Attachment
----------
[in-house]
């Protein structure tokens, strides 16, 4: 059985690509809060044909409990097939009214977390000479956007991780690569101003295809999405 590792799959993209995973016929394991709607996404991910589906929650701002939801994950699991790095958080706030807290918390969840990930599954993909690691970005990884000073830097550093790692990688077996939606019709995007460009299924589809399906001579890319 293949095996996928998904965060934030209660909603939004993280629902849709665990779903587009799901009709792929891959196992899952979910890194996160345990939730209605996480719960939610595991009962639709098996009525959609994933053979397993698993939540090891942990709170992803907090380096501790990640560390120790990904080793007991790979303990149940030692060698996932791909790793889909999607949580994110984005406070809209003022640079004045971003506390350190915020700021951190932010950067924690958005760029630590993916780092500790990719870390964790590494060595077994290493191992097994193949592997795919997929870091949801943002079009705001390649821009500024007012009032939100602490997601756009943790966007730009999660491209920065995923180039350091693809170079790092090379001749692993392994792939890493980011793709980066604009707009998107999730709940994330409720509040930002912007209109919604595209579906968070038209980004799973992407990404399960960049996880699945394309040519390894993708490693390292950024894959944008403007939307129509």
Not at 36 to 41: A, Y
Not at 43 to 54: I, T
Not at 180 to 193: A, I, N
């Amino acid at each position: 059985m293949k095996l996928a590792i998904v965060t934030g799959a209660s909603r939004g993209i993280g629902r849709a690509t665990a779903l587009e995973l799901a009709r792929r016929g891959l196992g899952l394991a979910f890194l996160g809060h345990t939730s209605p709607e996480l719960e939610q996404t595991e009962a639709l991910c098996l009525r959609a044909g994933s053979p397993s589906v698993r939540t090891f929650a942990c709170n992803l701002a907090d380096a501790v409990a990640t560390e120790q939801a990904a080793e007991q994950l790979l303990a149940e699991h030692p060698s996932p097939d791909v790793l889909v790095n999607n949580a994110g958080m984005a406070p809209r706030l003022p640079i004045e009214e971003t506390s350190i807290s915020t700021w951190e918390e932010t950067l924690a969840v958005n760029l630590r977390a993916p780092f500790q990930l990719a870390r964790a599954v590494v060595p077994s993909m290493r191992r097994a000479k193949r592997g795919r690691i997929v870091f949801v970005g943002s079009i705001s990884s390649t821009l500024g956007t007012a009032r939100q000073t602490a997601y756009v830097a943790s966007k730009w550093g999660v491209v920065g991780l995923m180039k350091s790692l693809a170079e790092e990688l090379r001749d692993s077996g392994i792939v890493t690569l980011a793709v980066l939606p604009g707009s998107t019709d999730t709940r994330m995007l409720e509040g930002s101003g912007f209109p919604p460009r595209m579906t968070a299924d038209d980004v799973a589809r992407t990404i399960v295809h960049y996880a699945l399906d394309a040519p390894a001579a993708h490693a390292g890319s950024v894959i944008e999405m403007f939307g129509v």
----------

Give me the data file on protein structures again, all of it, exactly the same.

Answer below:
[in-house]
């Protein structure tokens, strides 16, 4: 059985690509809060044909409990097939009214977390000479956007991780690569101003295809999405 590792799959993209995973016929394991709607996404991910589906929650701002939801994950699991790095958080706030807290918390969840990930599954993909690691970005990884000073830097550093790692990688077996939606019709995007460009299924589809399906001579890319 293949095996996928998904965060934030209660909603939004993280629902849709665990779903587009799901009709792929891959196992899952979910890194996160345990939730209605996480719960939610595991009962639709098996009525959609994933053979397993698993939540090891942990709170992803907090380096501790990640560390120790990904080793007991790979303990149940030692060698996932791909790793889909999607949580994110984005406070809209003022640079004045971003506390350190915020700021951190932010950067924690958005760029630590993916780092500790990719870390964790590494060595077994290493191992097994193949592997795919997929870091949801943002079009705001390649821009500024007012009032939100602490997601756009943790966007730009999660491209920065995923180039350091693809170079790092090379001749692993392994792939890493980011793709980066604009707009998107999730709940994330409720509040930002912007209109919604595209579906968070038209980004799973992407990404399960960049996880699945394309040519390894993708490693390292950024894959944008403007939307129509």
Not at 36 to 41: A, Y
Not at 43 to 54: I, T
Not at 180 to 193: A, I, N
């Amino acid at each position: 059985m293949k095996l996928a590792i998904v965060t934030g799959a209660s909603r939004g993209i993280g629902r849709a690509t665990a779903l587009e995973l799901a009709r792929r016929g891959l196992g899952l394991a979910f890194l996160g809060h345990t939730s209605p709607e996480l719960e939610q996404t595991e009962a639709l991910c098996l009525r959609a044909g994933s053979p397993s589906v698993r939540t090891f929650a942990c709170n992803l701002a907090d380096a501790v409990a990640t560390e120790q939801a990904a080793e007991q994950l790979l303990a149940e699991h030692p060698s996932p097939d791909v790793l889909v790095n999607n949580a994110g958080m984005a406070p809209r706030l003022p640079i004045e009214e971003t506390s350190i807290s915020t700021w951190e918390e932010t950067l924690a969840v958005n760029l630590r977390a993916p780092f500790q990930l990719a870390r964790a599954v590494v060595p077994s993909m290493r191992r097994a000479k193949r592997g795919r690691i997929v870091f949801v970005g943002s079009i705001s990884s390649t821009l500024g956007t007012a009032r939100q000073t602490a997601y756009v830097a943790s966007k730009w550093g999660v491209v920065g991780l995923m180039k350091s790692l693809a170079e790092e990688l090379r001749d692993s077996g392994i792939v890493t690569l980011a793709v980066l939606p604009g707009s998107t019709d999730t709940r994330m995007l409720e509040g930002s101003g912007f209109p919604p460009r595209m579906t968070a299924d038209d980004v799973a589809r992407t990404i399960v295809h960049y996880a699945l399906d394309a040519p390894a001579a993708h490693a390292g890319s950024v894959i944008e999405m403007f939307g129509v």